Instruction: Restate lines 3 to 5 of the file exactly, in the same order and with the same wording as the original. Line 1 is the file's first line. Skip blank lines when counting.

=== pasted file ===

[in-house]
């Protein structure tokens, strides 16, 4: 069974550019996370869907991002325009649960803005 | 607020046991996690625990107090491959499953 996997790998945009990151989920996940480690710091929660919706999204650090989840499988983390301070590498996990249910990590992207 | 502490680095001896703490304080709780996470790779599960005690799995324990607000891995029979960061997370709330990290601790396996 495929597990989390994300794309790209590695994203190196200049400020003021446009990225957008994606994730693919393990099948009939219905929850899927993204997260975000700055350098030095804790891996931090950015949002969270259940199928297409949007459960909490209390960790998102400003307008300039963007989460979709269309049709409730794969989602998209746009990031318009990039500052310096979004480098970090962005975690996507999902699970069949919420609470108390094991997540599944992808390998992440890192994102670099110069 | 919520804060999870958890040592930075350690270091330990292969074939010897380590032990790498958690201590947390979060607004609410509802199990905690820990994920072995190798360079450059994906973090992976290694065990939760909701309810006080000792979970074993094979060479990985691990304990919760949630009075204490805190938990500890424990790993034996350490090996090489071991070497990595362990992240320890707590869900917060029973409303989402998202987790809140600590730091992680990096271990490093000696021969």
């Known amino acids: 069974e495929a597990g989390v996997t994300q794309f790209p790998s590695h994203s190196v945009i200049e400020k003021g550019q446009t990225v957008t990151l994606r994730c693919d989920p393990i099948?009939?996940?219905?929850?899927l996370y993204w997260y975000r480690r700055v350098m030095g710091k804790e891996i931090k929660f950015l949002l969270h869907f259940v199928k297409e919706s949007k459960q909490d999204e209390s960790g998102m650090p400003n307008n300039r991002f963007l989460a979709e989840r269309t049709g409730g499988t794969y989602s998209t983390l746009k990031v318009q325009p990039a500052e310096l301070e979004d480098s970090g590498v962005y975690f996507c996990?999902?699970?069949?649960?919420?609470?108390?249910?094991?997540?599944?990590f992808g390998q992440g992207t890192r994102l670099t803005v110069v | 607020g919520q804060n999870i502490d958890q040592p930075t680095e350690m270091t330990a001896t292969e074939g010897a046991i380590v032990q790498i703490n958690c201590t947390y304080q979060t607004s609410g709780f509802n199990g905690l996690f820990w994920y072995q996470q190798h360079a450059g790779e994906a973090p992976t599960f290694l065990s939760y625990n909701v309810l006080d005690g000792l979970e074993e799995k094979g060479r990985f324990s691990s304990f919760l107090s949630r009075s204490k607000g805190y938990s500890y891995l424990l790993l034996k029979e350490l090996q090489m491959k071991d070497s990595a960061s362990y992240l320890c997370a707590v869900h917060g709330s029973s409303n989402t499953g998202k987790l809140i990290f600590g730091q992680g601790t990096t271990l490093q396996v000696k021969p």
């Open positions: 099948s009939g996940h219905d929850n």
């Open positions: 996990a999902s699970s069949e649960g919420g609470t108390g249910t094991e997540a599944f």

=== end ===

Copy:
């Known amino acids: 069974e495929a597990g989390v996997t994300q794309f790209p790998s590695h994203s190196v945009i200049e400020k003021g550019q446009t990225v957008t990151l994606r994730c693919d989920p393990i099948?009939?996940?219905?929850?899927l996370y993204w997260y975000r480690r700055v350098m030095g710091k804790e891996i931090k929660f950015l949002l969270h869907f259940v199928k297409e919706s949007k459960q909490d999204e209390s960790g998102m650090p400003n307008n300039r991002f963007l989460a979709e989840r269309t049709g409730g499988t794969y989602s998209t983390l746009k990031v318009q325009p990039a500052e310096l301070e979004d480098s970090g590498v962005y975690f996507c996990?999902?699970?069949?649960?919420?609470?108390?249910?094991?997540?599944?990590f992808g390998q992440g992207t890192r994102l670099t803005v110069v | 607020g919520q804060n999870i502490d958890q040592p930075t680095e350690m270091t330990a001896t292969e074939g010897a046991i380590v032990q790498i703490n958690c201590t947390y304080q979060t607004s609410g709780f509802n199990g905690l996690f820990w994920y072995q996470q190798h360079a450059g790779e994906a973090p992976t599960f290694l065990s939760y625990n909701v309810l006080d005690g000792l979970e074993e799995k094979g060479r990985f324990s691990s304990f919760l107090s949630r009075s204490k607000g805190y938990s500890y891995l424990l790993l034996k029979e350490l090996q090489m491959k071991d070497s990595a960061s362990y992240l320890c997370a707590v869900h917060g709330s029973s409303n989402t499953g998202k987790l809140i990290f600590g730091q992680g601790t990096t271990l490093q396996v000696k021969p």
């Open positions: 099948s009939g996940h219905d929850n």
């Open positions: 996990a999902s699970s069949e649960g919420g609470t108390g249910t094991e997540a599944f």